Better for Clouds and Geology than Snow Today.
8th January 2017
It was another mild day with various layers of cloud at different levels. I went round the Nid Ridge to G+T Gully which I found to be looking a bit sorry for itself snow wise. This is an area often used by groups to practise various winter skills. It is an area which has some interesting geology, and unless it is very snowy, there is usually enough rock visible to see something geology wise.
The majority on Aonach Mor is made of granite. This was pushed up as a dome of magma roughly 400 million years ago, but did not break the surface, and slowly cooled deep underground to produced the large grained granite. As this magma was pushing up, minerals in the soft rocks surrounds in magma dome minerals with lower melting points started to get squeezed out of some layers, and get concentrated in others, while thin fingers of granite pushed into any weaknesses. This produces the patterns, contortions intrusions which can be spotted and admired by avalanche forecasters (and others) around the base of G+T gully, especially when there is no snow. Later intrusions in the granite were preferentially eroded away to give parallel sided gullies of Coire an Lochan, such as Left Twin, which are appreciated by winter climbers.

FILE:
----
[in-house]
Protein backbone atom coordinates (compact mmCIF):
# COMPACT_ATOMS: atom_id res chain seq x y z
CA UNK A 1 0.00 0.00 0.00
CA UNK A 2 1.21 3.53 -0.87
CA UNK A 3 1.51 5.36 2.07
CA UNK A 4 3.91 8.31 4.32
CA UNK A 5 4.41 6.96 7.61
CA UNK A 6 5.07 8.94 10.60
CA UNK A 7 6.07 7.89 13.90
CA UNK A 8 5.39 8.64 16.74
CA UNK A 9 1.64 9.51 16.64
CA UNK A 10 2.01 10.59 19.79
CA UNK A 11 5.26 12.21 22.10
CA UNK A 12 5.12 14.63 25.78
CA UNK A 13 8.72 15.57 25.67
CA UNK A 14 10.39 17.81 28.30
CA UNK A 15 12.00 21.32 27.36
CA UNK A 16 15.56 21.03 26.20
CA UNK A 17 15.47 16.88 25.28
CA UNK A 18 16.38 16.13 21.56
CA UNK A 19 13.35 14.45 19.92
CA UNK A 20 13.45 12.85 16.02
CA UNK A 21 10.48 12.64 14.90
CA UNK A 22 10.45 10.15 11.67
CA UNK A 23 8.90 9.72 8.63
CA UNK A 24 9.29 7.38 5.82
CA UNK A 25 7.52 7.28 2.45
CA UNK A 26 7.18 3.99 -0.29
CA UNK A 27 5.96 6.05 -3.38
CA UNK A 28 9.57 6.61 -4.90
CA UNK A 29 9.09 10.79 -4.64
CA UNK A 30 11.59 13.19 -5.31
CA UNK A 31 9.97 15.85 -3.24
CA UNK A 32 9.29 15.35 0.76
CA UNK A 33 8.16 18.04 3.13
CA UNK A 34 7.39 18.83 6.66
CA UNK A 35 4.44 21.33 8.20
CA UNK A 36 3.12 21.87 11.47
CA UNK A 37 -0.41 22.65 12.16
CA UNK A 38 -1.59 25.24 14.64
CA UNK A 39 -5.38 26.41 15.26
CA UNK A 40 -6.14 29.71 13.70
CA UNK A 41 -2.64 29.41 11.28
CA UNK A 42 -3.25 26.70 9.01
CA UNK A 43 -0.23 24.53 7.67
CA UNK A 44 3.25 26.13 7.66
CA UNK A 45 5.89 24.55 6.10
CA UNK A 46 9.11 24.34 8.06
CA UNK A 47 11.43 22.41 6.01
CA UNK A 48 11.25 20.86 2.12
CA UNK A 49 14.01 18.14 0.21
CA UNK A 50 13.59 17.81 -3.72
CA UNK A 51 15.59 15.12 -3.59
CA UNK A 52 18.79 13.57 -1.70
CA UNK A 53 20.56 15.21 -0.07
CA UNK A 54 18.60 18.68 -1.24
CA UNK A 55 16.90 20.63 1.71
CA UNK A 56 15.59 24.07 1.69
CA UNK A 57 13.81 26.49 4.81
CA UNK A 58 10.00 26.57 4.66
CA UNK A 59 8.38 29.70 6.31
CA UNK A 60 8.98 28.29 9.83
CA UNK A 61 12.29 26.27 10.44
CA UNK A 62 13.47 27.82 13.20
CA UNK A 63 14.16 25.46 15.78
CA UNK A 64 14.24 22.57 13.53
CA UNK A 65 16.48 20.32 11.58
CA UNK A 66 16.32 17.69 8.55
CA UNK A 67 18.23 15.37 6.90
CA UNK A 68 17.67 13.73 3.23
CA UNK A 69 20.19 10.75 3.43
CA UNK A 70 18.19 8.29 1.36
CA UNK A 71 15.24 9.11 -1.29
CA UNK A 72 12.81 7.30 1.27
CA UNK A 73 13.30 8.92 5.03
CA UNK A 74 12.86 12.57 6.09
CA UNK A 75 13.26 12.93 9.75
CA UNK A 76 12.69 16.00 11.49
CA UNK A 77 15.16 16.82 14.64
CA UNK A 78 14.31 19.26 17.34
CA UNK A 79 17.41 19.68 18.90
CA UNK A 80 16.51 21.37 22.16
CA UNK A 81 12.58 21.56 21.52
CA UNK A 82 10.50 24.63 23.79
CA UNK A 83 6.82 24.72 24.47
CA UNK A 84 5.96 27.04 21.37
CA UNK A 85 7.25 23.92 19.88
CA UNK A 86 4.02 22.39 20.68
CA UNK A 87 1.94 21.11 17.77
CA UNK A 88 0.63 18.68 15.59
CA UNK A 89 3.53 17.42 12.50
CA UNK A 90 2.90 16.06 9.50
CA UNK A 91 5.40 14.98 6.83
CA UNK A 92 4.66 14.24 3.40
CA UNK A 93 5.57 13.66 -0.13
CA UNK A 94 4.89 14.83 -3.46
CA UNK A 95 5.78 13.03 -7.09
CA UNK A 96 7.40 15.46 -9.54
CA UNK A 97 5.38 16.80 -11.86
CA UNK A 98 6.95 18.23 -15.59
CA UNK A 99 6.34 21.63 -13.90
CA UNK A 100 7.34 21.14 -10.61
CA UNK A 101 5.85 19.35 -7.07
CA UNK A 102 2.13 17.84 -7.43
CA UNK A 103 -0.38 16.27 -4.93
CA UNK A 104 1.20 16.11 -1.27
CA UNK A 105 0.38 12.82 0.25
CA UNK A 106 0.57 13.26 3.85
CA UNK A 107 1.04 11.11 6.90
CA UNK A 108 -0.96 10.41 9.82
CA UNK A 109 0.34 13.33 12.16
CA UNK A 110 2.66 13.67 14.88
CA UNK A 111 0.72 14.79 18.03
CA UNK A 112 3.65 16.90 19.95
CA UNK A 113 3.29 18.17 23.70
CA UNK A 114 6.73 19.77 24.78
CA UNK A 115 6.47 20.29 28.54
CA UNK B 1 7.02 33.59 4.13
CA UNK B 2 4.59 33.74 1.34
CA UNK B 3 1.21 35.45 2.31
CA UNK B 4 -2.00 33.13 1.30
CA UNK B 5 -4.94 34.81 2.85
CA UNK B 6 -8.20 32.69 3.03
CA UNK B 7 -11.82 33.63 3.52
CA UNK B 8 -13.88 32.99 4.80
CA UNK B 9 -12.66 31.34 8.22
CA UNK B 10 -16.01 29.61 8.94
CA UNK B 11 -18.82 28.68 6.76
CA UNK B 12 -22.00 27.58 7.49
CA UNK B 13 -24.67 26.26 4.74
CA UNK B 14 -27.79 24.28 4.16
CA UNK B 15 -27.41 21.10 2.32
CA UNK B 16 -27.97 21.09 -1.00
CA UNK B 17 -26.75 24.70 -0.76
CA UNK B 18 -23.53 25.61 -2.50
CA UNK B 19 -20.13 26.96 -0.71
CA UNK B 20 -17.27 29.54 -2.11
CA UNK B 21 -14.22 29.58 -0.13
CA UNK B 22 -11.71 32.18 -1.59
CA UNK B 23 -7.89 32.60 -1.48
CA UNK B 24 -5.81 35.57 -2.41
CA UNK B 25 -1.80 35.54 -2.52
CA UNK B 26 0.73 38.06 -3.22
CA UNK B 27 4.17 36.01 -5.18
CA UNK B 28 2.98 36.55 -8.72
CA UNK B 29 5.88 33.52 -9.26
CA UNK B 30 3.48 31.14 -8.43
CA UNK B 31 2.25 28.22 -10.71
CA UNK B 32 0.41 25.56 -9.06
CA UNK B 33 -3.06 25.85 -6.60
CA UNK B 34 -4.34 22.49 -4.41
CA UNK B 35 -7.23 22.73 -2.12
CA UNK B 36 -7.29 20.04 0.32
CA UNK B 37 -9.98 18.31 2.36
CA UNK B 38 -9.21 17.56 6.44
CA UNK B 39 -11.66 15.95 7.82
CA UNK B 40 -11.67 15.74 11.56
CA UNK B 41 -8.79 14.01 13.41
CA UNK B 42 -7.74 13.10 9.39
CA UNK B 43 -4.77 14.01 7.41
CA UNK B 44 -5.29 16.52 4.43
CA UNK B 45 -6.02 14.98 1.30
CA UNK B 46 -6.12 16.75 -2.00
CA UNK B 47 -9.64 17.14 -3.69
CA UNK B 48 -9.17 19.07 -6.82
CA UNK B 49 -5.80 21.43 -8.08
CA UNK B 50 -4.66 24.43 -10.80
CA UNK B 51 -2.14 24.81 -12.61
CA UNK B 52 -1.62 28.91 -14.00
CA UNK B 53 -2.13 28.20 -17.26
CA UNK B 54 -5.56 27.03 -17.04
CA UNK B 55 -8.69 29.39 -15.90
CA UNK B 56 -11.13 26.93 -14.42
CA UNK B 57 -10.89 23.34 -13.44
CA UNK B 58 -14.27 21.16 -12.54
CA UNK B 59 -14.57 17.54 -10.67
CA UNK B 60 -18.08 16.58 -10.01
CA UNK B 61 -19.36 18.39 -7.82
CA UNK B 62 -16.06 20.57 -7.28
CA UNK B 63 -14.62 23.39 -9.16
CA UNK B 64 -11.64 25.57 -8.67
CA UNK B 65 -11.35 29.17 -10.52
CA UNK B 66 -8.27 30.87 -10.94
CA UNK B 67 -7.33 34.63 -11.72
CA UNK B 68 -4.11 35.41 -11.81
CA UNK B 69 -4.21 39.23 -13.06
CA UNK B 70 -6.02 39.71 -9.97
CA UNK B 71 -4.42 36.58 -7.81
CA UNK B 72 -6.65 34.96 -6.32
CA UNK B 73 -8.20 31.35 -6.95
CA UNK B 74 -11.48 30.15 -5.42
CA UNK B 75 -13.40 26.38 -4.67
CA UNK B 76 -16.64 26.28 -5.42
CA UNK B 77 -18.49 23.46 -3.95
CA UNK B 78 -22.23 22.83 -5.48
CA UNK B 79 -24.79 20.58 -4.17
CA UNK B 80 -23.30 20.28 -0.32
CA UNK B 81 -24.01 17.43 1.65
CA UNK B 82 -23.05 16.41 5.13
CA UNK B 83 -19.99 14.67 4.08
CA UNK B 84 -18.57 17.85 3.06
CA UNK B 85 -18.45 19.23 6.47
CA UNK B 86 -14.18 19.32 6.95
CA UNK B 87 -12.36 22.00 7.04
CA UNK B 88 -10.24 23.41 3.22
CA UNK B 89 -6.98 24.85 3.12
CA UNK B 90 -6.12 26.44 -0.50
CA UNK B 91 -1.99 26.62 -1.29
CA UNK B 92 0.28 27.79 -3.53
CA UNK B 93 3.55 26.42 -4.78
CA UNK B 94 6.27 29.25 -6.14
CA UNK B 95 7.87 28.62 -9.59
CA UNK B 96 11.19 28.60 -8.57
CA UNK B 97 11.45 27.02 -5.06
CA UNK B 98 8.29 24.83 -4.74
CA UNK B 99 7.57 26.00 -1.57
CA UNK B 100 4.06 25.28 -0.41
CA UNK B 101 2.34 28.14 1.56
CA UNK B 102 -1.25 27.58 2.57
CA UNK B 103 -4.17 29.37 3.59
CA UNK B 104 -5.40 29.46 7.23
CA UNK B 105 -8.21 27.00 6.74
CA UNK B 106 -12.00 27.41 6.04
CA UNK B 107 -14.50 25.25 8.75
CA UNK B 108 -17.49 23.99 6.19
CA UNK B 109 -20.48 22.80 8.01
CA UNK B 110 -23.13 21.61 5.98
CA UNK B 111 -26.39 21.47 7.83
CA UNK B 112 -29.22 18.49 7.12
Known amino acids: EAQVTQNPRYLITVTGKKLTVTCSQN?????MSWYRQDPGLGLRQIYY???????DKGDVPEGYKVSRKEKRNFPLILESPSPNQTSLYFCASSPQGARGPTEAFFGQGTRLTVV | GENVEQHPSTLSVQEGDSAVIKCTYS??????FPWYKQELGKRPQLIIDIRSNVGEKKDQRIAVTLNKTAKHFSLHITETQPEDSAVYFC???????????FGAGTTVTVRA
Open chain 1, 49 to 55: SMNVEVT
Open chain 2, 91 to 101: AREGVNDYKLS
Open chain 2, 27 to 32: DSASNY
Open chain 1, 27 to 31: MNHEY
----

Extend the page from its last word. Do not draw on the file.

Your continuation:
Another area or interest geologically is the mountain bike track down from the top station. This is is right on the border of the granite. Therefore, if you ever miss the gonolda after climbing, or it is winded off, then take it as an opportunity to appreciate the on the bike track, rather than just viewing it as an inconvenient schlap up/down the hill.
This is a summary of my understanding of the geology of Aonach Mor, but if I have got anything wrong please feel free to point this out.
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